Repossessions Up 70%, But News Gets Worse For Owners After Repossession

Not only are we seeing a rise in repossessions this year, unprecedented since the ealry 1990s, but unlike the last repossession wave, many lenders are themselves now in financial trouble.

What does this have to do with those facing repossession?

Well, the answer is that not only are lenders pursuing repossession of those with mortgage arrears with an intensity not seen before, but many are also doing their best to speed up the disposal process once the property has been repossessed to the detriment of those repossessed.

This means that even those homeowners who have been repossesed and are expecting to receive a cash lump sum after the disposal of the sale can find themselves still owing money as the lenders rush to dump houses via the auction system, before what many are seeing as an impending house prices crash.

We recently had a case where the lender Kensington, had repossessed the property of Mr & Mrs L, in Birmingham, and despite Mr L having lined up a buyer who was ready and willing to pay a decent price for their 3 bed semi, Kensington disposed of the property (seemingly via their internal estate agency, although we cannot be sure) for the exact sum that the couple owed on their home.

Coincidental? Maybe not.

The Ls were expecting to receive at least £20,000 after the repossessed house was sold at auction, even taking into consideration a quick sale was needed. This merely highlights the problems that many home owners face with repossession.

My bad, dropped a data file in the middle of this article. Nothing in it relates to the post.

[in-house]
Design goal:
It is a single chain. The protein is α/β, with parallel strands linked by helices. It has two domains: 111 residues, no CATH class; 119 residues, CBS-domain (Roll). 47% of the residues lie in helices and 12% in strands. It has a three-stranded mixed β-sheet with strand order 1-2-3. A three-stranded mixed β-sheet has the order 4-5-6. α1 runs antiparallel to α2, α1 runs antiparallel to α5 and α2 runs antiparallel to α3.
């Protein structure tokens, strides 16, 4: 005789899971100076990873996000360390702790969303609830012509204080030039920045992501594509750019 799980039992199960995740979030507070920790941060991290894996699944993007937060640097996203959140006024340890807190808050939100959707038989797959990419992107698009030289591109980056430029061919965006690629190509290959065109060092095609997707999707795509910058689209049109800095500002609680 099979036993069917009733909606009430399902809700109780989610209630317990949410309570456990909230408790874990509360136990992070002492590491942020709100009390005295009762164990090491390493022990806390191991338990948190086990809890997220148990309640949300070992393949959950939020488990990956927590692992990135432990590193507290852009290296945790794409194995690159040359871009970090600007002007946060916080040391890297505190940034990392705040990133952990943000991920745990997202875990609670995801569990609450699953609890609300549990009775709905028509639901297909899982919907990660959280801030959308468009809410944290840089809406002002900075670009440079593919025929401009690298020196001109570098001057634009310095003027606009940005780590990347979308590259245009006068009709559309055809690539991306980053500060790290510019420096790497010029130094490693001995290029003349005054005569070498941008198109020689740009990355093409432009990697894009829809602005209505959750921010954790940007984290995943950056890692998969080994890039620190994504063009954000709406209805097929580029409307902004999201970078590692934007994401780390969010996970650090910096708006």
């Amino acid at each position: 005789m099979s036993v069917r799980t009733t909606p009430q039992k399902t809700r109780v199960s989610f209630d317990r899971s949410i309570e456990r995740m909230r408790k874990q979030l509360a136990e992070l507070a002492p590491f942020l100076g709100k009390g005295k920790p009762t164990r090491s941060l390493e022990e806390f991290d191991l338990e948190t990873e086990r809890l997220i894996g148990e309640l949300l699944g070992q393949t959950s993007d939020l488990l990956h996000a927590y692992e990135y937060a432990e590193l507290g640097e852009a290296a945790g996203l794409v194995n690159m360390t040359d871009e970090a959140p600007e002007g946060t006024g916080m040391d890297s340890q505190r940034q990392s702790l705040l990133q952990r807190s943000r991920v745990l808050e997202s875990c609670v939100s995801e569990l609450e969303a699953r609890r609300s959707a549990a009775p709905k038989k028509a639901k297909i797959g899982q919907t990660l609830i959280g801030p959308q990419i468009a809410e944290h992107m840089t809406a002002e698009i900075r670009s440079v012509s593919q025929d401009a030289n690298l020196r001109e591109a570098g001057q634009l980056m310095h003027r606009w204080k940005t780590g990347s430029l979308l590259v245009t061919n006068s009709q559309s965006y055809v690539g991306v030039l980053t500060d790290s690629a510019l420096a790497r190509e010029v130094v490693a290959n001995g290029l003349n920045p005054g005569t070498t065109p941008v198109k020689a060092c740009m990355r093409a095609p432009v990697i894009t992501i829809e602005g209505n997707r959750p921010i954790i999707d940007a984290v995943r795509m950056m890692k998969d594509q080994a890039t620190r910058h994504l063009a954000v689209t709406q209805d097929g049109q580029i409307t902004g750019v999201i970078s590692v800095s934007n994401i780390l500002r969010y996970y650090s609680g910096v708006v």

We always advise clients that it is better for them to arrange a sale, even at an under value, than to allow the home to be repossessed by the mortgage lender, simply because in this way they are able to make some key decisions regarding the sale process.

Importantly, they can choose who to sell to, for how much (within reason) and control the legal costs.

None of these options is available once the property has been repossessed.

In the case of the Ls, by allowing what they believed to be ‘the inevitable’ and letting Kensington take their home, they unwittingly lost around £20,000 – a sum of money which could have paid for them to rent locally for a number of years as well as be debt free.


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